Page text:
Cookie Notice

As far as I know, and as far as I remember, nothing in this page does anything with Cookies.


Bug Report? Rant? Request for help? Running Bluetooth Low Energy from Arduino

I'm with a group working on a thing. What that thing will do is not important to this discussion at the moment. What is important is that I'm expecting a flood of data from the thing (think QS/IoT) to a phone. Plus, I'll have a second thing, doing the same thing.

The current demo hardware is using wireless ethernet, which is proving slightly problematic. It's built with the idea of being used by hobbyists who want to put the chip in a thing, not for a group of many developers to prototype and develop on the hardware. I'm also unsure about the ease of setting up WiFi Direct on two devices with simplified user interfaces, and whether it'll block your phone.

So, I'm looking into Bluetooth Low Energy. I got two BLE breakout boards from Adafruit, had a friend solder in the header pins, and hooked everything up according to the docset with my Arduino Uno R2. I installed the Nordic UART app on my phone and got bi-directional communication going from my phone to my laptop and vice versa.

Then, I tried to wire up my $9 Arduino, a Leonardo clone. No go. (I did it wrong. More later.)

Then, I bought an Arduino Uno R3 at half-price from Radio Shack. No go.

Then, I borrowed an Arduino Mega and started to look into the pins. By the code, the pins not set in software are the ones providing the breakout board with CLK, MISO and MOSI. This is my first time talking to a breakout board, so I'm a neophyte to the ways of SPI. The Leonardo moved the SPI controls to another set of pins, so now that I'm slightly less dumb, I get why that failed. But the fact that the Mega and Uno R3 failed still confuses me. I timed out at midnight — had more things to do the next day than time — so I don't know if I'm stupid or what, but I had others verify I had the wiring right, and I think I plugged the second board into the first breadboard, just to ensure both were working.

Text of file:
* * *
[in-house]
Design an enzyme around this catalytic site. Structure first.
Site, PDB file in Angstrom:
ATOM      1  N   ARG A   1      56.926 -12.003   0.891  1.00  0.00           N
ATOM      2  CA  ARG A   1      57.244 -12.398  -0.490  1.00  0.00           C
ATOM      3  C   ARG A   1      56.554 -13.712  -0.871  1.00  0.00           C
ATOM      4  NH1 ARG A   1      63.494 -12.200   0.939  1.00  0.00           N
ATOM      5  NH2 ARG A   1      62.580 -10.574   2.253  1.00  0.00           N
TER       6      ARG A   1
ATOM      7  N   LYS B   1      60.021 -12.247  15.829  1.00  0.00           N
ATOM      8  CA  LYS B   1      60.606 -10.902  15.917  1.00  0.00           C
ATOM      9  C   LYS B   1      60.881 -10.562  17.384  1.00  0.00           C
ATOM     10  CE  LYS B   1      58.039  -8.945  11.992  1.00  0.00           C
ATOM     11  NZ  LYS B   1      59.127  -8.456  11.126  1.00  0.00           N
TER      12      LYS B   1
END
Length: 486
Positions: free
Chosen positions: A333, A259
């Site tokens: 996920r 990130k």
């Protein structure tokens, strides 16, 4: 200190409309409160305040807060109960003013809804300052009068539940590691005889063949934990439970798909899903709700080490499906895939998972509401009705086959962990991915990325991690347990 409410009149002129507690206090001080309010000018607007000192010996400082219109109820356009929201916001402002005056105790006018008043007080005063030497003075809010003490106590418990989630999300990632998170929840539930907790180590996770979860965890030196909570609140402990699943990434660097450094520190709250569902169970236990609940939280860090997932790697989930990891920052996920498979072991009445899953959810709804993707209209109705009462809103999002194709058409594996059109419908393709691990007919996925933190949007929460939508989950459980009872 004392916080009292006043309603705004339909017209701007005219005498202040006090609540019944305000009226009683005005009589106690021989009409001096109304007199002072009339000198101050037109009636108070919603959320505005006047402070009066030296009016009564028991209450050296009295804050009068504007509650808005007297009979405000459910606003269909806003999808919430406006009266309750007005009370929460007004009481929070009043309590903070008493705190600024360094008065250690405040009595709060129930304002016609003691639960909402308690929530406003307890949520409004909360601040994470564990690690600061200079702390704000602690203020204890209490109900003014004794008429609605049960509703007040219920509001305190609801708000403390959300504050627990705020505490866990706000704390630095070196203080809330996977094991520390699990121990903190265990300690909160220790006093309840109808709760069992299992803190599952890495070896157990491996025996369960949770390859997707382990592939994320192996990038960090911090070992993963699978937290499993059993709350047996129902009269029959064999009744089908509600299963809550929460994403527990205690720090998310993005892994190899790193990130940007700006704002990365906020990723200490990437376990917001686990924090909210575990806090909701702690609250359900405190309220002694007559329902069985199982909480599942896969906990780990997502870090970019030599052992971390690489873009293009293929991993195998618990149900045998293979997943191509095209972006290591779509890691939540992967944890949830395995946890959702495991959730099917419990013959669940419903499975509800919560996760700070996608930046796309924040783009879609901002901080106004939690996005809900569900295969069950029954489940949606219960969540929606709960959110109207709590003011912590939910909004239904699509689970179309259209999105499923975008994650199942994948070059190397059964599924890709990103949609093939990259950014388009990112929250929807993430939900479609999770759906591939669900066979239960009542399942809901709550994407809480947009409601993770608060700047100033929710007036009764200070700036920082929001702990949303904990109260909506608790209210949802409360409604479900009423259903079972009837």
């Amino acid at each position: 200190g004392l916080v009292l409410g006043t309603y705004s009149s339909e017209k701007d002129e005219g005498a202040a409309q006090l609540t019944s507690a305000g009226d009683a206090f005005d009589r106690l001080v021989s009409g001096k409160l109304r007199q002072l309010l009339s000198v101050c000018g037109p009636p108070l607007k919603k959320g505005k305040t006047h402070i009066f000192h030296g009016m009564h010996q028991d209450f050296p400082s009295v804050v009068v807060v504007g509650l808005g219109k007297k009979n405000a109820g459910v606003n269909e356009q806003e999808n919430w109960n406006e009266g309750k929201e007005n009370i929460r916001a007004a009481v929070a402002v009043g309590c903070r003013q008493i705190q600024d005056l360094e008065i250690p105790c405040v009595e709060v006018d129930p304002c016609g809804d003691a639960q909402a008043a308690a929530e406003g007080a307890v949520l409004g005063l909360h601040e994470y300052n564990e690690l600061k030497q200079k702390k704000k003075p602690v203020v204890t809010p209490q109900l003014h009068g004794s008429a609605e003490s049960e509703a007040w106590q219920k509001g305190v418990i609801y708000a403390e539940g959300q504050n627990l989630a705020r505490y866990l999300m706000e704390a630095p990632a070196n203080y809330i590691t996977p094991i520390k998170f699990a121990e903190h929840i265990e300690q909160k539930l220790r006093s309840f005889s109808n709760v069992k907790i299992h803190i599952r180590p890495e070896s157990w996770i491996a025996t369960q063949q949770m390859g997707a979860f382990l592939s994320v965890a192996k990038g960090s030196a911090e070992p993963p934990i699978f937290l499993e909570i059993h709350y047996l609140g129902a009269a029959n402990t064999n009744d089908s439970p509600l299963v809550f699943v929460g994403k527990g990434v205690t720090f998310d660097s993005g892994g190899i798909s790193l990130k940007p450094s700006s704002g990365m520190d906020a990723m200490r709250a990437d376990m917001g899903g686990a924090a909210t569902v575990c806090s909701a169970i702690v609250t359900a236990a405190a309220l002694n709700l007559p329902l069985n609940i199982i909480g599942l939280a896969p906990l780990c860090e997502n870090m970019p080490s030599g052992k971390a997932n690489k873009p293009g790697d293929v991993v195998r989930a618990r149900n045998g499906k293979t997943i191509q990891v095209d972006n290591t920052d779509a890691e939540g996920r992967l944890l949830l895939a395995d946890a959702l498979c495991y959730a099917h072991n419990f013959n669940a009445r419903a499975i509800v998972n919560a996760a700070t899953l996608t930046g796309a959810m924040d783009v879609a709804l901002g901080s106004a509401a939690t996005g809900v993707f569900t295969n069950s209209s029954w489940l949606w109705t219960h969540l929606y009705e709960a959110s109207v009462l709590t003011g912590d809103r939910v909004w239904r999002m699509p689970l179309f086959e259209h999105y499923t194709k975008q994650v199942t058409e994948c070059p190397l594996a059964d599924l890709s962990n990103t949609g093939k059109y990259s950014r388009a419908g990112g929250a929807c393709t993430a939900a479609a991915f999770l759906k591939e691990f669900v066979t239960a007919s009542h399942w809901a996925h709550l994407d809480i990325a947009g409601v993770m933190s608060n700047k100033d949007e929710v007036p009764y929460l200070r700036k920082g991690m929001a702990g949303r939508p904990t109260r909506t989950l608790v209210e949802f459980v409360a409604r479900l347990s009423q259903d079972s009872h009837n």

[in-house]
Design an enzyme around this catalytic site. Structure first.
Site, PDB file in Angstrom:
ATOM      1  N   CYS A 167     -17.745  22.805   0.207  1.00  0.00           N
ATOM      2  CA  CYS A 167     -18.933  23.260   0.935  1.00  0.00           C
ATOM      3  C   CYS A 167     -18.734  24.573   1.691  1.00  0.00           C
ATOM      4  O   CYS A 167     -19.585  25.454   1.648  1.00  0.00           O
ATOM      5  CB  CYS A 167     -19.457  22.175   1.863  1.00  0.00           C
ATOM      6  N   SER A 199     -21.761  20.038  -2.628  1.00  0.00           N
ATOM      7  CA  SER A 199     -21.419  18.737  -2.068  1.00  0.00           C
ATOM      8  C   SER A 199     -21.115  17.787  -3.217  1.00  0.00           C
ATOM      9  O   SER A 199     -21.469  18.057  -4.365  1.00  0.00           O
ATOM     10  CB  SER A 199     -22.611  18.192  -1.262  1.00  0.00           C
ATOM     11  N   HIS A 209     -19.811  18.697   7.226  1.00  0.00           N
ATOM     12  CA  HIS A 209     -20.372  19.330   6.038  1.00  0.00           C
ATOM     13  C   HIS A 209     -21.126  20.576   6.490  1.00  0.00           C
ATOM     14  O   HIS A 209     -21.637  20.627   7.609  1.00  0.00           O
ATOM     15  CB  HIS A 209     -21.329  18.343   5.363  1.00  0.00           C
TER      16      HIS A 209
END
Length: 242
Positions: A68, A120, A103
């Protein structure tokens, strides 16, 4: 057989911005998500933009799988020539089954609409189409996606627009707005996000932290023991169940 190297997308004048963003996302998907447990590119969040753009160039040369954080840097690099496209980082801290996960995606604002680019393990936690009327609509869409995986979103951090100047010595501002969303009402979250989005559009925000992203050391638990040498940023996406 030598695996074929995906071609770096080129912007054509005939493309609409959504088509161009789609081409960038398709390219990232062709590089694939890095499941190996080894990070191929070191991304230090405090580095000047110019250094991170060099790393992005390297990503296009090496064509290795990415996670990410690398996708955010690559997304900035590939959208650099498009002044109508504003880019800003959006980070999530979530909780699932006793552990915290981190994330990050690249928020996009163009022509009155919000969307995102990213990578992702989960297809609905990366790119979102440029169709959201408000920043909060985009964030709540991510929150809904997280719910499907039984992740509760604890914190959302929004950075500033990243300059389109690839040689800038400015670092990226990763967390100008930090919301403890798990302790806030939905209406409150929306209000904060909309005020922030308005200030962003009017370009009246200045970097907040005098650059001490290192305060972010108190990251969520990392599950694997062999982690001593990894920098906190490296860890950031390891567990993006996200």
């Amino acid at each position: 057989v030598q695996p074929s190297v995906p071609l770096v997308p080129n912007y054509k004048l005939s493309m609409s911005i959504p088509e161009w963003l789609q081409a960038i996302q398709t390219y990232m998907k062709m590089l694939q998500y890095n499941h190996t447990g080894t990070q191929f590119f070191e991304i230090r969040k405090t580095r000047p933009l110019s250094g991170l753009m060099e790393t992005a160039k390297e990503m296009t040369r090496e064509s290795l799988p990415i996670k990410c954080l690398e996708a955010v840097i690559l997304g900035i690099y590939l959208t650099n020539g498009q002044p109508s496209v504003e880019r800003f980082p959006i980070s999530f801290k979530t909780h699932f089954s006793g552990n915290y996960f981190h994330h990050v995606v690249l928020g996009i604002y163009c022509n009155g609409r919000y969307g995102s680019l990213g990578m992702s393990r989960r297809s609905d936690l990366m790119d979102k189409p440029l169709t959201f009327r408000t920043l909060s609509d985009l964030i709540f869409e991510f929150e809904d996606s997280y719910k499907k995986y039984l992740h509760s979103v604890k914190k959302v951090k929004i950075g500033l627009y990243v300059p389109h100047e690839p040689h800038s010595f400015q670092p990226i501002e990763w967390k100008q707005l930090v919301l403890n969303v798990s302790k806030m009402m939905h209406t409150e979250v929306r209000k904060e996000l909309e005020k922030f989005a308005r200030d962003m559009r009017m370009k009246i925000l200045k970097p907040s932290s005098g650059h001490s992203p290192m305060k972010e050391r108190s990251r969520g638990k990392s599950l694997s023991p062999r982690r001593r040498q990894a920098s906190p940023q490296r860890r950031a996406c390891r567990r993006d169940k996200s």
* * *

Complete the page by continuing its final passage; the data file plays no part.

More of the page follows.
I think.

Ultimately, getting this working with my R3 (or whatever) is a means to an end. It gives me behavior similar to what I expect from the things, so I can begin to work on the part that's receiving. I want to listen to two BLE devices at once. Or four. Or five. Or more. These things will be our things, perhaps coded in Arduino or not, but will certainly not be Leonardo or Uno boards, so understanding how SPI works differently on these boards is ultimately useless.

Except it absolutely must happen to move on to the next step.

Contributing to this frustration is the fact that I don't know enough about the problem domain to ask an intelligent question. I'm coming into the world of Arduino as a programmer, and in essence, what I have are variables I can set high or low, or sometimes somewhere in between, and variables I can check that are high or low, or sometimes somewhere in between. Between the set and ground, or 5V and checking is a circuit, and there's a lot about wires and resistors and the process of handing variables around that I just do not understand. With the Leonardo, the step after next (after being sure the second board works) would be to find female-to-female jumper wires, as all I have are male-to-male, then wiring to those SPI pins should be cake.

But it strikes me that someone else has failed to get this working on R3 Unos before, and I'm not seeing that person's cries for help, maybe because I'm not looking in the right place. Neither Stack Overflow nor the EE Stack Exchange site seem to really be good places, and as useful as the Adafruit Learn page is (written by the man who wrote the book on BLE), there's no way to engage back, to get clarification.

Anyway, I'll beat some more on it this evening. We'll see how far I get.